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Clients frequently ask us three questions about their taxes after divorce. They want to know:
- When does my filing status change?
- Who gets to claim the tax credit for the children?
- Who gets to deduct the house?
Change in Filing Status
Your filing status changes for the tax year in which your divorce is finalized. So if you get divorced before December 31, then for tax purposes you are considered unmarried for all of that year and you can file as “Single” or “Head of Household.” Consult your tax advisor to consider your specific circumstances.
Tax Credits for the Children
The second common question is “can my spouse and I both deduct the kids?” And the answer is “no.”
Usually, it is the custodial parent who gets the tax exemption or credit. However, a custodial parent can relinquish the right to claim a child as a dependent if they sign an IRS release form and the non-custodial parent attaches the form to their tax return.
Compassionate & Effective Counsel That Makes a Difference
April is very knowledgeable of the law and will not let you down.
I would have jumped over the net and shook your hand today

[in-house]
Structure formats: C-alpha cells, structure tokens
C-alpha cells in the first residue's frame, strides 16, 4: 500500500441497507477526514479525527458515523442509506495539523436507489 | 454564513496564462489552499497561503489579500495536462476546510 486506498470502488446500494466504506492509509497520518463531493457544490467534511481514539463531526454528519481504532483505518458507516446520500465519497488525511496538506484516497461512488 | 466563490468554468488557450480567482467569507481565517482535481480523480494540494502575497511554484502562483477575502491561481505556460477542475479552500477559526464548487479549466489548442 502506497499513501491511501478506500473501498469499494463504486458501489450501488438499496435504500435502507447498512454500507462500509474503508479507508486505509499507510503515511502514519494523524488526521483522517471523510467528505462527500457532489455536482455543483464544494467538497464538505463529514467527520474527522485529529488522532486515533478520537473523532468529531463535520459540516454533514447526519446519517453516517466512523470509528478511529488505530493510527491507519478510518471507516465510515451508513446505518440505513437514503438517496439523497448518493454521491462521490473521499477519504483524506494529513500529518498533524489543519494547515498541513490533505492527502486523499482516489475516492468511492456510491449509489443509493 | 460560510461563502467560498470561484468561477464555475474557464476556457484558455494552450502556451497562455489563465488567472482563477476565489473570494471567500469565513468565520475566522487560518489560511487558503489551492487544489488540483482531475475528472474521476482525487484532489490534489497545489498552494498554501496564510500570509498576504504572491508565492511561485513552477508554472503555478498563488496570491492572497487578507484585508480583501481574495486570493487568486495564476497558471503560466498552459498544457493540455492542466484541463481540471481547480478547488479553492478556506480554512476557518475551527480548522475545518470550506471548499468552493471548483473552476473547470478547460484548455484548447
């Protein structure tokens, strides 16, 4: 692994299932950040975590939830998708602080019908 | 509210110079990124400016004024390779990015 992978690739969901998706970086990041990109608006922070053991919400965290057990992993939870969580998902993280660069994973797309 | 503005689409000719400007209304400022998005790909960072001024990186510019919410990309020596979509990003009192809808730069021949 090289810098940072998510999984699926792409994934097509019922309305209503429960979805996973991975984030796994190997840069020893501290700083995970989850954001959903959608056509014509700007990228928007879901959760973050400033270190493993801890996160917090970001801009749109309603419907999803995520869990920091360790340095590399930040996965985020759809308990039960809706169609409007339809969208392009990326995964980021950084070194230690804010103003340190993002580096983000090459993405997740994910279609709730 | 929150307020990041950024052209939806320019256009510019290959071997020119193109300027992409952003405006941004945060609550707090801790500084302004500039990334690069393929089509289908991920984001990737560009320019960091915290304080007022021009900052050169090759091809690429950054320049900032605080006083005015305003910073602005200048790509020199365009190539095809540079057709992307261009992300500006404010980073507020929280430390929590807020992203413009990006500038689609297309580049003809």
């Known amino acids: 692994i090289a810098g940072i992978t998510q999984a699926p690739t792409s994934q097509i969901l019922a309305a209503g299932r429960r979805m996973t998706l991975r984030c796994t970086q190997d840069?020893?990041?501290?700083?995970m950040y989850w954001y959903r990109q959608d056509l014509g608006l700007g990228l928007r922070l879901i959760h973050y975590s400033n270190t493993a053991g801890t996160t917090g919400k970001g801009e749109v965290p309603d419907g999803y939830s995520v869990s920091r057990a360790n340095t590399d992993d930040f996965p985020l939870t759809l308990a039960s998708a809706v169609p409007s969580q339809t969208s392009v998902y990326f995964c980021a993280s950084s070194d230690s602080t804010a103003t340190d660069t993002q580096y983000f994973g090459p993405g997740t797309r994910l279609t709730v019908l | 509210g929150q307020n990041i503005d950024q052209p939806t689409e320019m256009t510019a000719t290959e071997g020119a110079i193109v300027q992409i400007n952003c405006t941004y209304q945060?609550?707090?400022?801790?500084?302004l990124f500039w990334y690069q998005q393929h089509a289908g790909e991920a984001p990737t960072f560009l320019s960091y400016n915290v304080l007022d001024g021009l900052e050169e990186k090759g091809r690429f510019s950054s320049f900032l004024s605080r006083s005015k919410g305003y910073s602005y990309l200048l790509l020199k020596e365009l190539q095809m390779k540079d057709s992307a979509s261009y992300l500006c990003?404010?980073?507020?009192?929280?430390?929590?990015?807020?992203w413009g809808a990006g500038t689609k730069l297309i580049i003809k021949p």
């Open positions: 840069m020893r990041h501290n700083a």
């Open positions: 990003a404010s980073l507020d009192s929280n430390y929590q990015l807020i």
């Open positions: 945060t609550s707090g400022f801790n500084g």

I couldn’t have gotten a better outcome.
April and staff were wonderful.
The firm is professional, positive and grounded in their approach.
The firm is professional, positive and grounded in their approach. Everyone in the office is always willing to help and is extremely flexible, which I can say is valued by a working professional. There has always been open and prompt communication. Hannah ultimately won our case, and she did so by having strong intellect, presentation skills, and a genuine interest in the well-being of both my daughter and I. I will continue to value the relationship and expertise long after the issues are resolved.
April is well prepared and understands the law and court processes and procedures well beyond anything I have experienced, ensuring success.